The generation length is estimated at 4.2 years.
Ecosystem & Habitat
The blue grosbeak is a migratory bird known to nest across most of the southern half of the United States. Also, this bird species’ nesting grounds extend across much of northern Mexico.
Blue grosbeaks migrate south to Central America. Although small in numbers, some migrate to the northern parts of South America.
The southernmost migration record for this bird species is eastern Ecuador.
Blue grosbeaks are found in partially open habitats, including cultivated lands, thickets, hedgerows, overgrown fields, or woodland edge. They share an affinity for habitats characterized by scattered trees, scrub, as well as for riparian woodland.
When it comes to nesting, this bird species choose to build a nest in a low bush or in a low tree. It is often the case that these birds nest in a tangle of vegetation.
Ultimately, the nest is constructed at about 3.3 and up to 9.8 feet above the ground. Usually, it is positioned at the very edge of an open area.
Breeding takes place in shrub habitats and in tangled vine across the southern portions of North America, expanding as far as central California in the west, New Jersey in the East, and to North Dakota in the inner parts of the US.
Breeding habitats may be forest edges, stream edges, old fields, mesquite savannas, transmission-line corridors, deserts, southern pine forests, hedgerows, or salt cedar forests.
The blue grosbeaks’ habitat preferences seem to include only little canopy coverage, a small number of trees, as well as low shrub density.
During the wintertime, these birds will migrate in order to spend the cold season in the south, in the shrubby habitats of Central America and Mexico, sometimes possibly reaching as far south as the central parts of Panama.
Blue grosbeaks play a valuable role in their ecosystem. Also, they are considered a species of positive impact on humans. It was in the early 20th century when ornithologists carefully studied the diet of these birds with a mind to evaluating their impact on the economy.
During the breeding season, blue grosbeaks were found to consume significantly big amounts of insects that cause damage to the crops, like weevils, cutworms, and grasshoppers.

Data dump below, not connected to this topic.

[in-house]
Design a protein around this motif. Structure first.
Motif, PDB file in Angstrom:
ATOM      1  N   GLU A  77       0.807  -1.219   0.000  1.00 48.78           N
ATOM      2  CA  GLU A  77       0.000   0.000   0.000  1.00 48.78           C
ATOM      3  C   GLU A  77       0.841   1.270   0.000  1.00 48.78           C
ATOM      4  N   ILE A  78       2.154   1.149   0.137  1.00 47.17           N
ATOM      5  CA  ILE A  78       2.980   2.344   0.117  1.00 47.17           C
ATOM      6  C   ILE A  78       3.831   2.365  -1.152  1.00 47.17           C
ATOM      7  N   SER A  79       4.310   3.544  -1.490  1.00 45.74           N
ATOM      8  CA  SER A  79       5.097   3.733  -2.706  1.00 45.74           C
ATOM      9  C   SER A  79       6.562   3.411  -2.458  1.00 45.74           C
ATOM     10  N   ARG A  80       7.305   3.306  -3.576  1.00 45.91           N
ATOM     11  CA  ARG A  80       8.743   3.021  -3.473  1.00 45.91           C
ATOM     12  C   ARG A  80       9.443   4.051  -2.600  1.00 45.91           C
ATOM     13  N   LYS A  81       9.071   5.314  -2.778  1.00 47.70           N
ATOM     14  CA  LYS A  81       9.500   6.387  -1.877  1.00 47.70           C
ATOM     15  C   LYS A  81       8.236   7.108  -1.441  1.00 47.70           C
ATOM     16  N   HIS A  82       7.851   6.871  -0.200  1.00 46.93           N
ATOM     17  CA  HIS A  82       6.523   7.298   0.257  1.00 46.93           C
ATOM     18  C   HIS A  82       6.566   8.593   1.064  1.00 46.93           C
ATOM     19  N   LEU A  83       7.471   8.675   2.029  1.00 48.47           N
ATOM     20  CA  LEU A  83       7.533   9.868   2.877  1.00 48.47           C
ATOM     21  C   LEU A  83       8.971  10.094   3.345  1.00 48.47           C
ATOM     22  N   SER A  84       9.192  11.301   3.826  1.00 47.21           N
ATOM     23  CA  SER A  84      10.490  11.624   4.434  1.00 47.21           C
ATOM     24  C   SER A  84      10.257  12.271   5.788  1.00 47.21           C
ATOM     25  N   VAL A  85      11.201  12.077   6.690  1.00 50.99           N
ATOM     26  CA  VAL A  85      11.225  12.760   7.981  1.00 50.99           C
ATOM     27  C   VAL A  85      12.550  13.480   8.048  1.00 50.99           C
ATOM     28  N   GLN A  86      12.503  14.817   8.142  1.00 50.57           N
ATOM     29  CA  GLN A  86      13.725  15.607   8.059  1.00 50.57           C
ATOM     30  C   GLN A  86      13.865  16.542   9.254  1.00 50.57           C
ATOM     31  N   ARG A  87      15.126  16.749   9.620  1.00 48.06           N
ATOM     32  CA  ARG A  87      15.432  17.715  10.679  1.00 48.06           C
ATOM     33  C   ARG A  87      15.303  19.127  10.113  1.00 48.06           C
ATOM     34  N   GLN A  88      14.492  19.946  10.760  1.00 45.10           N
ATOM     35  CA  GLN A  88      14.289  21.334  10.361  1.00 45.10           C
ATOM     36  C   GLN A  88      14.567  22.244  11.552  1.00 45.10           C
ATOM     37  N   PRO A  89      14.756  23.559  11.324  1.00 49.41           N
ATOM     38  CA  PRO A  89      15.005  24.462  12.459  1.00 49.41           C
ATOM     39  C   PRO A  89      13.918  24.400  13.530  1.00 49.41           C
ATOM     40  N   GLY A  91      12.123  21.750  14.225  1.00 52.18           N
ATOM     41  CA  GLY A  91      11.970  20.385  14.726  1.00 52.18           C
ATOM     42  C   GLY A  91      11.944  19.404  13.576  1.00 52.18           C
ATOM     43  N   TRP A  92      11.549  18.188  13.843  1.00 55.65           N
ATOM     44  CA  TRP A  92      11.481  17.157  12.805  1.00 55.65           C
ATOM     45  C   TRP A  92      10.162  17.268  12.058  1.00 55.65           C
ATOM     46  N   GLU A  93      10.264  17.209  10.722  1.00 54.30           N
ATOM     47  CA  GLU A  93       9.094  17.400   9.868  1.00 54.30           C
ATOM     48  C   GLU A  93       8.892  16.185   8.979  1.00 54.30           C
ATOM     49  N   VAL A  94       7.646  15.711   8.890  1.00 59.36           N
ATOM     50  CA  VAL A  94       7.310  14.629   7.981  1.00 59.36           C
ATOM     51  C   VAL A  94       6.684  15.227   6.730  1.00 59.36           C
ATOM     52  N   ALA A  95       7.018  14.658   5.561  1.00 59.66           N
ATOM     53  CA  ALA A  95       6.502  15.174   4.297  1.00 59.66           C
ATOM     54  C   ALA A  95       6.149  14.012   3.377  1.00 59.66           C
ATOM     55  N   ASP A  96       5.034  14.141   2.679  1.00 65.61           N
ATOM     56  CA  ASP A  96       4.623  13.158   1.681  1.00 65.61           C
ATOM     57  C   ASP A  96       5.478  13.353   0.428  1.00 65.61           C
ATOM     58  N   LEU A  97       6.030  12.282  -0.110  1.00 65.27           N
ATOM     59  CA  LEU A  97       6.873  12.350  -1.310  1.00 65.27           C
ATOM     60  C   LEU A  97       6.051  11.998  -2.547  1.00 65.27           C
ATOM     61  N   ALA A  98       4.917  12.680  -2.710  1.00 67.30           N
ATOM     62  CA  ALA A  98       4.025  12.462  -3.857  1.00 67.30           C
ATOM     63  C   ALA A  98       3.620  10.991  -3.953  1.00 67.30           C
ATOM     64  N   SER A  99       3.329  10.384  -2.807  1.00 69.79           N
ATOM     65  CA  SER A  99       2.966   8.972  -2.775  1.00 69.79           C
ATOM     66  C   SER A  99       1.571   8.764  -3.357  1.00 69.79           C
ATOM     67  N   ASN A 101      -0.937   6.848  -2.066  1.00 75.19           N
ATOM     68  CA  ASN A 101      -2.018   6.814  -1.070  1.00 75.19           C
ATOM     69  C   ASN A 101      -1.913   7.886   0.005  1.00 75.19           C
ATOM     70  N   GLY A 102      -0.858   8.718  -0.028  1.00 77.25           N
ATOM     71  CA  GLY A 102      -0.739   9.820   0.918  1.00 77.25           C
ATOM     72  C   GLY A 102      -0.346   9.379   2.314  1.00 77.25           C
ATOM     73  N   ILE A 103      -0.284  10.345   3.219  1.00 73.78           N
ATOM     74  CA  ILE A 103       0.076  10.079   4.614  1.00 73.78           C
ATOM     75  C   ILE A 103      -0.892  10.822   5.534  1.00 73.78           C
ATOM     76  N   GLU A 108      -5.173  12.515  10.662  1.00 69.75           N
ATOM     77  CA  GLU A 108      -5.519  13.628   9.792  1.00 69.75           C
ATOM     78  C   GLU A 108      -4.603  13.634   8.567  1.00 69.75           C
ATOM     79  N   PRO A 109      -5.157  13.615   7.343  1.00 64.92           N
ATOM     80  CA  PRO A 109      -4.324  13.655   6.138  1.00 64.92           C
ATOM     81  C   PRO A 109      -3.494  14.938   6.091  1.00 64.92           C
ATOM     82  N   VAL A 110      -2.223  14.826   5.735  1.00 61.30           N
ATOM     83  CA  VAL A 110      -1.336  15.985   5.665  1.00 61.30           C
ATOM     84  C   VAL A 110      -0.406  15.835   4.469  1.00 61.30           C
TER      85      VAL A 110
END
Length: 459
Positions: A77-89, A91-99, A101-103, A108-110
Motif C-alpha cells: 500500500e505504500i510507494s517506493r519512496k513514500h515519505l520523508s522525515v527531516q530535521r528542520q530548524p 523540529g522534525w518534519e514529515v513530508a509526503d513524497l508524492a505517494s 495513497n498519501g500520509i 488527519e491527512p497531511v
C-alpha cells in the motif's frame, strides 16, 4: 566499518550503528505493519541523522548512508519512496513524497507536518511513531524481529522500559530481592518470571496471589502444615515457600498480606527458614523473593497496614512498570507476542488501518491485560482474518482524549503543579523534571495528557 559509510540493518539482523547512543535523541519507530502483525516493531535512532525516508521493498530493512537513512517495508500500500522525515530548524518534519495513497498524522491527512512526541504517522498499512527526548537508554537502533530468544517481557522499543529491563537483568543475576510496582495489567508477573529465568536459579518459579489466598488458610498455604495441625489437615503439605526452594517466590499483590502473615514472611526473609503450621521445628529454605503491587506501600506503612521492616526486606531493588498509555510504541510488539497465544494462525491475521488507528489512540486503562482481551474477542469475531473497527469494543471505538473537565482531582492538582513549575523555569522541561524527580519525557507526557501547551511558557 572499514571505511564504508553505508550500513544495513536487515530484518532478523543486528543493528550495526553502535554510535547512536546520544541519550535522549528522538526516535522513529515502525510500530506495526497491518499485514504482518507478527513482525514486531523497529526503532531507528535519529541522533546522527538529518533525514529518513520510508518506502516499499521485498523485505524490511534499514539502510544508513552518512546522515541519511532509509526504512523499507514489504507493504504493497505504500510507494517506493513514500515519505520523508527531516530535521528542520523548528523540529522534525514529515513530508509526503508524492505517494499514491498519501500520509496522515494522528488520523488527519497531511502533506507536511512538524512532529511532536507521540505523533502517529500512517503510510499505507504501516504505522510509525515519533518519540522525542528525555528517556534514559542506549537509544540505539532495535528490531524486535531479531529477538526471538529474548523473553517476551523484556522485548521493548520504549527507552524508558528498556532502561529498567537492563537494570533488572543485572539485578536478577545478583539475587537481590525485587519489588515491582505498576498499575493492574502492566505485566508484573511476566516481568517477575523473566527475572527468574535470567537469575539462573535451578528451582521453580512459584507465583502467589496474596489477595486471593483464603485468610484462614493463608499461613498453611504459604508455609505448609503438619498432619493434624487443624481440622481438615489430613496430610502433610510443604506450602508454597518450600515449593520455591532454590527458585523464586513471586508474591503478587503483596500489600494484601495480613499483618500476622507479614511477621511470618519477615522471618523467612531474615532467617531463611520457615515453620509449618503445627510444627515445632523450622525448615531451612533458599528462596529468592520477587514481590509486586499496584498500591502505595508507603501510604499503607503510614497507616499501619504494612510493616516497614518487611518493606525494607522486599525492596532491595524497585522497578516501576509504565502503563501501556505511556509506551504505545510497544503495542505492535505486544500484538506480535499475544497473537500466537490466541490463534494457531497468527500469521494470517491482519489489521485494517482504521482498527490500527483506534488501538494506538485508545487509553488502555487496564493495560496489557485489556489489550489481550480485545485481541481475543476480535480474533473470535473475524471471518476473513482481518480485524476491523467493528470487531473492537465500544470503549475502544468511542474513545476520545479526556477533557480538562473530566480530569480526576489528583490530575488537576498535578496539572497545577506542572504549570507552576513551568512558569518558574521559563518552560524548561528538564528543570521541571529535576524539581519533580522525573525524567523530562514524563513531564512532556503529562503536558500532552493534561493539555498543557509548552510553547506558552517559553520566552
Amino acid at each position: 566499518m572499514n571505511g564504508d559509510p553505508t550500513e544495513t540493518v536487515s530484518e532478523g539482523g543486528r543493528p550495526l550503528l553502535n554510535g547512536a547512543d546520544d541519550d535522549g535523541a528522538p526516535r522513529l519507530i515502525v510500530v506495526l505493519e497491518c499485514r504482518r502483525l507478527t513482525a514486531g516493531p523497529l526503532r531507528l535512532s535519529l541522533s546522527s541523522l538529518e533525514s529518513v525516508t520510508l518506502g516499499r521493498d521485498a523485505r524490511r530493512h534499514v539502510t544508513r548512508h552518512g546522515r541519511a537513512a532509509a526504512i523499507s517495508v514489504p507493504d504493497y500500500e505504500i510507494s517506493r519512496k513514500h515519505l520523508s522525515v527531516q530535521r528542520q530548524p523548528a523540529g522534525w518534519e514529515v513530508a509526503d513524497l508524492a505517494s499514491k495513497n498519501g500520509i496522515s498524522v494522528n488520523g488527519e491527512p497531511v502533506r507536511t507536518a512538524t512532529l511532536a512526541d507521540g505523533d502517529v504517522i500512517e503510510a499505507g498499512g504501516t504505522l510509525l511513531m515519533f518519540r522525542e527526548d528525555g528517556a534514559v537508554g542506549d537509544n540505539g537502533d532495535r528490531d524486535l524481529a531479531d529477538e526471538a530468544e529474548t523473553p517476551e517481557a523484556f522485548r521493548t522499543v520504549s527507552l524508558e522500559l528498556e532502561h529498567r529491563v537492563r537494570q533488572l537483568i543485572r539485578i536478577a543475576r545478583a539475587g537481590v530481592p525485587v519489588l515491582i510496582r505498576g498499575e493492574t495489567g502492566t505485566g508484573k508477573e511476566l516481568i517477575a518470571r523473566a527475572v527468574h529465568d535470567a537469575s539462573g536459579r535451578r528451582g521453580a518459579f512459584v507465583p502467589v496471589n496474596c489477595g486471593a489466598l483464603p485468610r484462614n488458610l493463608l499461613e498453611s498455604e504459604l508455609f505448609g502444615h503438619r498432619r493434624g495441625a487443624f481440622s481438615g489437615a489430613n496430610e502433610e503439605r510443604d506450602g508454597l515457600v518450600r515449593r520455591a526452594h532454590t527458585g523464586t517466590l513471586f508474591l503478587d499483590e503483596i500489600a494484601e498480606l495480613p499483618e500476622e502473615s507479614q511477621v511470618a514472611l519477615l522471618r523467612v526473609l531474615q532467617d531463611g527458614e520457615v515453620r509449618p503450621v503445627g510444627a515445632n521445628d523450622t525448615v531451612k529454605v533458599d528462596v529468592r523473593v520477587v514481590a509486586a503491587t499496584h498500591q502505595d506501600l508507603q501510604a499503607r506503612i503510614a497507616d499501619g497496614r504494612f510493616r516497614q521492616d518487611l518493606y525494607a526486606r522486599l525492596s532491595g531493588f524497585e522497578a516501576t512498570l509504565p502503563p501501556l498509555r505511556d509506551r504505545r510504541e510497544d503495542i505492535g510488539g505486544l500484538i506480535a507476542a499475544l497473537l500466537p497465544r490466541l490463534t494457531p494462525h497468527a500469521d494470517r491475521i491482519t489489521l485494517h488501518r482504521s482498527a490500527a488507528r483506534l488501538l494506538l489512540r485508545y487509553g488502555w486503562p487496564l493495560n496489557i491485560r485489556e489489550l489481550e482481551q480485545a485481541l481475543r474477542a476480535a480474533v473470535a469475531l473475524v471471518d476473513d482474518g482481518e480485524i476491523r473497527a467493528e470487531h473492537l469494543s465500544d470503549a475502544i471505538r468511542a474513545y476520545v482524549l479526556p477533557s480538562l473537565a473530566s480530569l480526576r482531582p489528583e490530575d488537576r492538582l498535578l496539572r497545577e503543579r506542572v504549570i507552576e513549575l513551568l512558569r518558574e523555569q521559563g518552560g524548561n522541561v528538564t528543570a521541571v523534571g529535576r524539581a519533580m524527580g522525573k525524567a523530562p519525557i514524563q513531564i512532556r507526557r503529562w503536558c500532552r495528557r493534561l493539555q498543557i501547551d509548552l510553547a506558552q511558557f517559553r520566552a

Even though they were also found to eat a good amount of grain crops shortly after the breeding season, “economic ornithologists” estimated that the blue grosbeaks’ help when it comes to dispatching insect pests did outweigh the cost of seeds consumed while the birds were preparing to migrate south.
Food & Diet
Blue grosbeaks are foragers. These beautiful feathery creatures will either forage directly on the ground, or they will forage in shrubby tangles, searching for seeds, fruits, and insects.
Insects make a big percentage of the blue grosbeaks’ diet during the breeding season, similarly with many other bird species. That’s because insects are rich in protein, which is crucial for the growing young.
The primary sources of protein include crickets and grasshoppers. However, blue grosbeaks will also eat other invertebrates, e.g., snails, beetles, cicadas, caterpillars, and treehoppers.
When the young grosbeaks are to grow up, their diet will include more fruits and seeds, rather than insects.
The grain portion of the blue grosbeaks’ diet consists of various wild and cultivated grains and seeds, like bristlegrass, wheat, panicgrass, rice, alfalfa, corn, and oats.
Hovering and gleaning food from foliage, blue grosbeaks may even hunt for insects on the surface of the ground, although for most of their time, they will sally out from a perch for flying insects.
Breeding males are believed to arrive on the breeding grounds earlier than females. Once they arrive early in the breeding season, they are to form feeding flocks.
Both males and females in the breeding pair are in charge of defending their breeding territory. Typically, the breeding territory encompasses between 2 and up to 20 acres of land occupied by the mating pair during the building of the nest and the incubation of the eggs.
Once the nestlings hatch, the defended breeding territory is to shrink in size.